Speaking of transportation along Main Street, one of the odder ways students managed to get from one place to another was a quasi-official institution referred to by all as Boulevard Service. This was essentially a loosely organized sort of hitch-hiking wherein those needing to get to town stood, sometimes in a line, along the median of Main Street Boulevard and begged rides from passersby. (They also came from town to school but I’m less clear on what spots were commonly used for pick up.) Boulevard service lasted for a long time but its heyday was the 1920s. This snippet from the 1925 YMCA Freshman Guide lays out the basics of the deal:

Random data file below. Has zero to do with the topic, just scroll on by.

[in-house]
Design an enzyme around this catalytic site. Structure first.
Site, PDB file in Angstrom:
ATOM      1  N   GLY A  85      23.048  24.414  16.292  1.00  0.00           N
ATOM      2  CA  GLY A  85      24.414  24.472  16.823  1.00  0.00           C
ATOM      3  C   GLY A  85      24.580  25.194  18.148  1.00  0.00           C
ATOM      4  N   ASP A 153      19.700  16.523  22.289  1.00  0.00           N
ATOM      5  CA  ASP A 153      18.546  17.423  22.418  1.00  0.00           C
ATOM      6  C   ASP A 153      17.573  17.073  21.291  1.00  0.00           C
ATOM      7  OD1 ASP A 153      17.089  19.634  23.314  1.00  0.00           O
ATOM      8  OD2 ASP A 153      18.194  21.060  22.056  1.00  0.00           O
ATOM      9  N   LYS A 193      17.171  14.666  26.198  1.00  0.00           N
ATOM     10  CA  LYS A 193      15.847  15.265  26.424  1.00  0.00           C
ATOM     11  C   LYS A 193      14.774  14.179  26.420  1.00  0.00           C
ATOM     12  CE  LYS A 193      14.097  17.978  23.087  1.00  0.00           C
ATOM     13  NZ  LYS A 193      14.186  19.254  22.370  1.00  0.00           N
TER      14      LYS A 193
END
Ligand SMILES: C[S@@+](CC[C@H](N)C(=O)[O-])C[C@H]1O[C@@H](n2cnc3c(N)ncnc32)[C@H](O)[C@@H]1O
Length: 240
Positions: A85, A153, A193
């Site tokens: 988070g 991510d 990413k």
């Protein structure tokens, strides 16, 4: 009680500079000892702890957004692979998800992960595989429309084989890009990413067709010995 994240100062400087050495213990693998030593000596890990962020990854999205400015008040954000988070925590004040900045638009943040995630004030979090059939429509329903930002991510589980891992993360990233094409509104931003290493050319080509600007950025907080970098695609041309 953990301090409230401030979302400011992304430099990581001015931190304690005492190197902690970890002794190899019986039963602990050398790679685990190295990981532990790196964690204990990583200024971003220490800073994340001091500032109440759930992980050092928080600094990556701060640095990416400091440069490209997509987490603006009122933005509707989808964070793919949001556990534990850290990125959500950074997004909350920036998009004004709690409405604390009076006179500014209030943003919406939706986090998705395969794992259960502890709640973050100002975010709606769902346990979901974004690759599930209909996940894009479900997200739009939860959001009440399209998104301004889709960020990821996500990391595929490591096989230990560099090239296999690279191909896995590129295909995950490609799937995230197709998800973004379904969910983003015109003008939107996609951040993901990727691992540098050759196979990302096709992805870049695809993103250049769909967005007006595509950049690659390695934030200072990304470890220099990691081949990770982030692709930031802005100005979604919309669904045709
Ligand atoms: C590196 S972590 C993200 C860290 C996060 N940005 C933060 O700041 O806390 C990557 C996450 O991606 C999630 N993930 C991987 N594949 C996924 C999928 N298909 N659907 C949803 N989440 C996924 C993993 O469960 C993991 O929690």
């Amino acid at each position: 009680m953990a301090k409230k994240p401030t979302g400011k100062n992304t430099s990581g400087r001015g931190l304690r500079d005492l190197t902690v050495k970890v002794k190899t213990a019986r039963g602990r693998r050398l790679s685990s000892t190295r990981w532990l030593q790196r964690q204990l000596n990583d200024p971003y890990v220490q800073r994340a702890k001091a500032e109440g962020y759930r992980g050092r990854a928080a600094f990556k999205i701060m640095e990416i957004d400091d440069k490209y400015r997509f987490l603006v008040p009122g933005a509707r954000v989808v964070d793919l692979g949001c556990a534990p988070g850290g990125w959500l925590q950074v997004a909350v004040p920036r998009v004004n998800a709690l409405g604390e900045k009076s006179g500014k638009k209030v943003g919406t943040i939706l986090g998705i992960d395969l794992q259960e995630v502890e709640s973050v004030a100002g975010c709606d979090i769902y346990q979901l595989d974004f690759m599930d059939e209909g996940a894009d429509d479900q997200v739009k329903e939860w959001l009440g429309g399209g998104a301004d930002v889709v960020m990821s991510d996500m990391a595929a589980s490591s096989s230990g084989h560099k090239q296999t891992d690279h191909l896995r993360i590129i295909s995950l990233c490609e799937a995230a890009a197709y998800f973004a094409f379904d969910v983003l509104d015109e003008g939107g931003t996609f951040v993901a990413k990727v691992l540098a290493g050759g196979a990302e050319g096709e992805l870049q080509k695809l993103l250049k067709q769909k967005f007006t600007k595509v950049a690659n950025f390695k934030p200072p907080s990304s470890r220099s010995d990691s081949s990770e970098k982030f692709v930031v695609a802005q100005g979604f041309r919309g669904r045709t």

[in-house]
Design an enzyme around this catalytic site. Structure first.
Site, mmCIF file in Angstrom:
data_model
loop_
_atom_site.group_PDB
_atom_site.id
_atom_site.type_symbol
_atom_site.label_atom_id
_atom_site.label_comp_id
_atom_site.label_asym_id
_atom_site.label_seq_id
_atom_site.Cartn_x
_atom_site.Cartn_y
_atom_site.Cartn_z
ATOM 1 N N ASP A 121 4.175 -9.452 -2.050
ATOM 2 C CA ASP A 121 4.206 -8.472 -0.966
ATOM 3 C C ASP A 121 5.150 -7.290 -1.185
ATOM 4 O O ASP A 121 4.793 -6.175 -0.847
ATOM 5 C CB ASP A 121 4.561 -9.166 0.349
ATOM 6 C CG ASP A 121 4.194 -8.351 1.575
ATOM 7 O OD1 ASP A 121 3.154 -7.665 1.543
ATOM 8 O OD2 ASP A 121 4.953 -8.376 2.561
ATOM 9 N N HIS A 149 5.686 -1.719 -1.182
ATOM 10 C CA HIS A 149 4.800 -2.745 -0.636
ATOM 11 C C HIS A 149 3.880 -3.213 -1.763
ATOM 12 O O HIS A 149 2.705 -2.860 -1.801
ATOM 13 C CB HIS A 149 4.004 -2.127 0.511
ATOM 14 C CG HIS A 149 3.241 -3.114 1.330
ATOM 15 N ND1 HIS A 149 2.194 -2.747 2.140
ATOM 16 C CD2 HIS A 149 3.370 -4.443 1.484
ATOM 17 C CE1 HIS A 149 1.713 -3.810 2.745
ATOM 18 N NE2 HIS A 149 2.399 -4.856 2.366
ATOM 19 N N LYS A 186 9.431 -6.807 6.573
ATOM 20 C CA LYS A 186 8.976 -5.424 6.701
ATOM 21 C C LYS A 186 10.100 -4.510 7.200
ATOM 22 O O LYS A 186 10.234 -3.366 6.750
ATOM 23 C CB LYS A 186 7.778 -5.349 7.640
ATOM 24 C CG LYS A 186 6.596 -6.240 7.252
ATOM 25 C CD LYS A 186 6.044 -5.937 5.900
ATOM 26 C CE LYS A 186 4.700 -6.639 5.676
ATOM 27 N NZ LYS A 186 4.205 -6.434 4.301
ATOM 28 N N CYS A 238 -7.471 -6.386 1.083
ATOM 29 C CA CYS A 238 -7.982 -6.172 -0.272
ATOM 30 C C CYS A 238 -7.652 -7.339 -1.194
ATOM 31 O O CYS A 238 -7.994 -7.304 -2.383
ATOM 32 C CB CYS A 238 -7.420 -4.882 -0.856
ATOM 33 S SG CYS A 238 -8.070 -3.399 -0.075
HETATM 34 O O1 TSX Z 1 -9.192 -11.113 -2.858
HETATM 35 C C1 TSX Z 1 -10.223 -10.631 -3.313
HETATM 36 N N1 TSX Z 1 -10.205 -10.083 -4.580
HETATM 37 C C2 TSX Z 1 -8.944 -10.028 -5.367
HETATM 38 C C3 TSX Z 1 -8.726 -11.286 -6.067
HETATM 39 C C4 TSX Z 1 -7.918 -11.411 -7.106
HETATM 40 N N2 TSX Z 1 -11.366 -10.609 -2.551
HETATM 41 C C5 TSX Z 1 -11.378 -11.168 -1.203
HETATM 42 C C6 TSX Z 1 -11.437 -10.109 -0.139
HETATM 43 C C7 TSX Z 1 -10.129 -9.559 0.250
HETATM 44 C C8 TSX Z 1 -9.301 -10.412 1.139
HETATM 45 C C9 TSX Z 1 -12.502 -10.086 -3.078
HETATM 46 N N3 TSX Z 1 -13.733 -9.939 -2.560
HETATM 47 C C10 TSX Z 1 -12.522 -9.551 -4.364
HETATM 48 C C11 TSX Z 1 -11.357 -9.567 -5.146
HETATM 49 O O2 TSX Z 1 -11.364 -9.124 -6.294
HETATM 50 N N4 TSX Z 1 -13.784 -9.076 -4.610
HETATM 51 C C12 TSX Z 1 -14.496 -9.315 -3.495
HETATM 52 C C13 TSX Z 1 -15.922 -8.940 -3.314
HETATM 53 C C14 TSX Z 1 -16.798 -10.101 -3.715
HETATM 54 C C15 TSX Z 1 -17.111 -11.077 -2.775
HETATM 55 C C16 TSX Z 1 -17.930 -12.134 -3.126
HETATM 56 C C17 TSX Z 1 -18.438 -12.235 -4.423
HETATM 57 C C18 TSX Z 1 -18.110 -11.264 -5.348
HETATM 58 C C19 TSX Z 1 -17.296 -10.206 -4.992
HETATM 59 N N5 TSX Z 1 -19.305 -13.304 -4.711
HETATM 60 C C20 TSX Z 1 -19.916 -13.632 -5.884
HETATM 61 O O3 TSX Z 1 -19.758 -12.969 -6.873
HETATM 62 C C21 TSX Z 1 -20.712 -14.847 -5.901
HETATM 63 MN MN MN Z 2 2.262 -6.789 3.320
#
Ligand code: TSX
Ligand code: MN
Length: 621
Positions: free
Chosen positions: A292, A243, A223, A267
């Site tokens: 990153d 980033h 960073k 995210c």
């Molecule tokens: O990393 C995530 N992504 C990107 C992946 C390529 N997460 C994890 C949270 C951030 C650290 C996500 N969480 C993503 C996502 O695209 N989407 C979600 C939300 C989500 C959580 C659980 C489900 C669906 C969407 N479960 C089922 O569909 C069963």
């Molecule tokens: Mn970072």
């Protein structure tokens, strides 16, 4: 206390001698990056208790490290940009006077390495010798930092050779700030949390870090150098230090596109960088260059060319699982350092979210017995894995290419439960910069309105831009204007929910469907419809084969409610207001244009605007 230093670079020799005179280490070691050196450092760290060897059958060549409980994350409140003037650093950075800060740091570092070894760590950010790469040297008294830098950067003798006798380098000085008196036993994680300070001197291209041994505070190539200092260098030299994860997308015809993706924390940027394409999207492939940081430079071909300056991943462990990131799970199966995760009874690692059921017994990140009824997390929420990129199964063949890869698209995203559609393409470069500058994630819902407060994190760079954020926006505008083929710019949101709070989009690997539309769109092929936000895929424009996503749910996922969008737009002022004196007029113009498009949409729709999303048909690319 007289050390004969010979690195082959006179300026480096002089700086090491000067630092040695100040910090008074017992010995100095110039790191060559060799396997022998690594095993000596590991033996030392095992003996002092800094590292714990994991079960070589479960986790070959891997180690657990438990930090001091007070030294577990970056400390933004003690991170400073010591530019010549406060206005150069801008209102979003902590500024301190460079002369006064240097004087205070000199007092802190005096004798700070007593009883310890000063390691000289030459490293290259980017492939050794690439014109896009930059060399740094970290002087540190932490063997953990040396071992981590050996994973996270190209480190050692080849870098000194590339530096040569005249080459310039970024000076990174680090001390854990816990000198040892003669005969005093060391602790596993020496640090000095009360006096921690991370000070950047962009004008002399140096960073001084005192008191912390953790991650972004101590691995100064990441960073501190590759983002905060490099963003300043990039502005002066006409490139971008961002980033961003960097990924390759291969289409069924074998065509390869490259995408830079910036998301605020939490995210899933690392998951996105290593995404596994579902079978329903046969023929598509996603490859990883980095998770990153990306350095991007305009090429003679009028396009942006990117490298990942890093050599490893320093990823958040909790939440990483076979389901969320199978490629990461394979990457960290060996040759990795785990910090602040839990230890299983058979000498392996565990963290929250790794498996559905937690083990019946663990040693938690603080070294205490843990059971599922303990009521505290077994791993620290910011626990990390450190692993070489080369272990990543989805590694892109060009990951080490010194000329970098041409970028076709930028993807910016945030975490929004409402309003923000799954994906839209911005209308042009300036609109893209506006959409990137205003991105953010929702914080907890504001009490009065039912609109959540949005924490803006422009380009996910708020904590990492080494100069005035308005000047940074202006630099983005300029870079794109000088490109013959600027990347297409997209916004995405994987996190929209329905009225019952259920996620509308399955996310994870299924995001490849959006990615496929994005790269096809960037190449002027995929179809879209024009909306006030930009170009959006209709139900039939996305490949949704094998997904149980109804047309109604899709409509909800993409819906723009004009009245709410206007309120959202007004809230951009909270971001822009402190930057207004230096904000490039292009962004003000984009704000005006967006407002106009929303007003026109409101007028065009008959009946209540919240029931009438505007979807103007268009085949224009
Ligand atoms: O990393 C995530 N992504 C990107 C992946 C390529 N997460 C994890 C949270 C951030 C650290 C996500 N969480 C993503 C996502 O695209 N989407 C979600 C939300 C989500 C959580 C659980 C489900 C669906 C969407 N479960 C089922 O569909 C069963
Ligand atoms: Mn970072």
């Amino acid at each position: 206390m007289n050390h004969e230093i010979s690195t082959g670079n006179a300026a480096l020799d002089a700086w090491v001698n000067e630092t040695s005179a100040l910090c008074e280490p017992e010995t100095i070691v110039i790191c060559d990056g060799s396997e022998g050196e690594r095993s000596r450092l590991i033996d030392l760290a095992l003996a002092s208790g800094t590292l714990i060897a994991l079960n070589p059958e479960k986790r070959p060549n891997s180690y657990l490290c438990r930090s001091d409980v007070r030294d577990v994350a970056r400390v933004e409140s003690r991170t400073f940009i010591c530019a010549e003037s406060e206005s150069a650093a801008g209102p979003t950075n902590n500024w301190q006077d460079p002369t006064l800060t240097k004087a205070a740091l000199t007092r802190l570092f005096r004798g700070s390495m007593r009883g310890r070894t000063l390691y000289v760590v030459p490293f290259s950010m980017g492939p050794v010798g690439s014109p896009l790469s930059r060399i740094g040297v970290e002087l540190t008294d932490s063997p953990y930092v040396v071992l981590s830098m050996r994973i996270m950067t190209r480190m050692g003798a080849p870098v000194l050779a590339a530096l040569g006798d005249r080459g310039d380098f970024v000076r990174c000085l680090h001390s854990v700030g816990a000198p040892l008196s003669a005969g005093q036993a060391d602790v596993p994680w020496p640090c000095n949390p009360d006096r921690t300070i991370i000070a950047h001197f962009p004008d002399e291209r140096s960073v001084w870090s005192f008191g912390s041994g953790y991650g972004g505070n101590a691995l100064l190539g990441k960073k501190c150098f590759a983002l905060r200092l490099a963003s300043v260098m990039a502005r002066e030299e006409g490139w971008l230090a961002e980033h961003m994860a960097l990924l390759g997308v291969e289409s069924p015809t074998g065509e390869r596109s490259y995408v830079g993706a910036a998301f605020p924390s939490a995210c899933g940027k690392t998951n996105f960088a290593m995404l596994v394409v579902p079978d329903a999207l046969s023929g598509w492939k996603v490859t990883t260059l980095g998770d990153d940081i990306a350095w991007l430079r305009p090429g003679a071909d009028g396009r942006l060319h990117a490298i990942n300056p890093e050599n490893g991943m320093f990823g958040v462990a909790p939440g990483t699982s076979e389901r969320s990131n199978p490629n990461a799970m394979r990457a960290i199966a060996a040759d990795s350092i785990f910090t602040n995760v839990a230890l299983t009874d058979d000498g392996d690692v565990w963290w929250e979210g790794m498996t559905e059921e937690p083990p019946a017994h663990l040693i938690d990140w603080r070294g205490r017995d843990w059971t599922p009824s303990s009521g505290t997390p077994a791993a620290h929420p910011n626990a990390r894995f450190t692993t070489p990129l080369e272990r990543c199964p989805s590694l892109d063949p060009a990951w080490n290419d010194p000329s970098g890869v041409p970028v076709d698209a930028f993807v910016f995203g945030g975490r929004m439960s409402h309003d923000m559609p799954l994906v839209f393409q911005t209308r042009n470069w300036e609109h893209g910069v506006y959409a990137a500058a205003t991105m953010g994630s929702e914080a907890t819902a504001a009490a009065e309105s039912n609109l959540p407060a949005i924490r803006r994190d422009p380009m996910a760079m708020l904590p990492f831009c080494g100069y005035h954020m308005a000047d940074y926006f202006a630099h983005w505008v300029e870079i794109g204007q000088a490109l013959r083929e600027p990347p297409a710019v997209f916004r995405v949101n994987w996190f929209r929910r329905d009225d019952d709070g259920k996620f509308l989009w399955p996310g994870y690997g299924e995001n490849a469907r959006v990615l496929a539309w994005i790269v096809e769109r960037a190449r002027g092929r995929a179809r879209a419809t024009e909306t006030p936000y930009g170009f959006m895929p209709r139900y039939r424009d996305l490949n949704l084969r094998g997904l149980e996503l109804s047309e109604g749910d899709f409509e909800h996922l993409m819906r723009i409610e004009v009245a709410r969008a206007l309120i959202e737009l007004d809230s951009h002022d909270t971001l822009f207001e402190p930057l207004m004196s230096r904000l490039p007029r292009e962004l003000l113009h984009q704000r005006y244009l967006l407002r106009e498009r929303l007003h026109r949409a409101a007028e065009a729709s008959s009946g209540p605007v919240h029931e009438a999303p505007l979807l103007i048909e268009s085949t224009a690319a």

The whole thing is really fascinating, especially the willingness of so many strangers to drive these kids around. This piece from the 1922 Thresher reprints a Post editorial that urged Houstonians to give Rice students rides:
And note that at the end the Thresher urged Rice students to show good manners and gratitude to the folks who picked them up. What did the students think? This, from the 1923 Campanile:
Bonus: I love stuff like this. It is, naturally, taped to the door.
[…]along the median of Rice Boulevard[..].
I think you meant Main Street, as mentioned in the Thresher article.
Yup. I generally like to leave my mistakes out there for everyone to see but this one I will go fix. Thanks!
What a fine post in every way!
Hitch hiking from strangers used to be an extremely common and honorable form of transportation. Until the Dean Corll/Elmer Wayne Henley, Jr. mass murders in Houston in 1974 which pretty much ruined it in Houston and the rest of the country as well.
The killings were in 1972 and 1973. According to a Chronicle article, “Henley fatally shot Corll at his Pasadena home in August 1973.”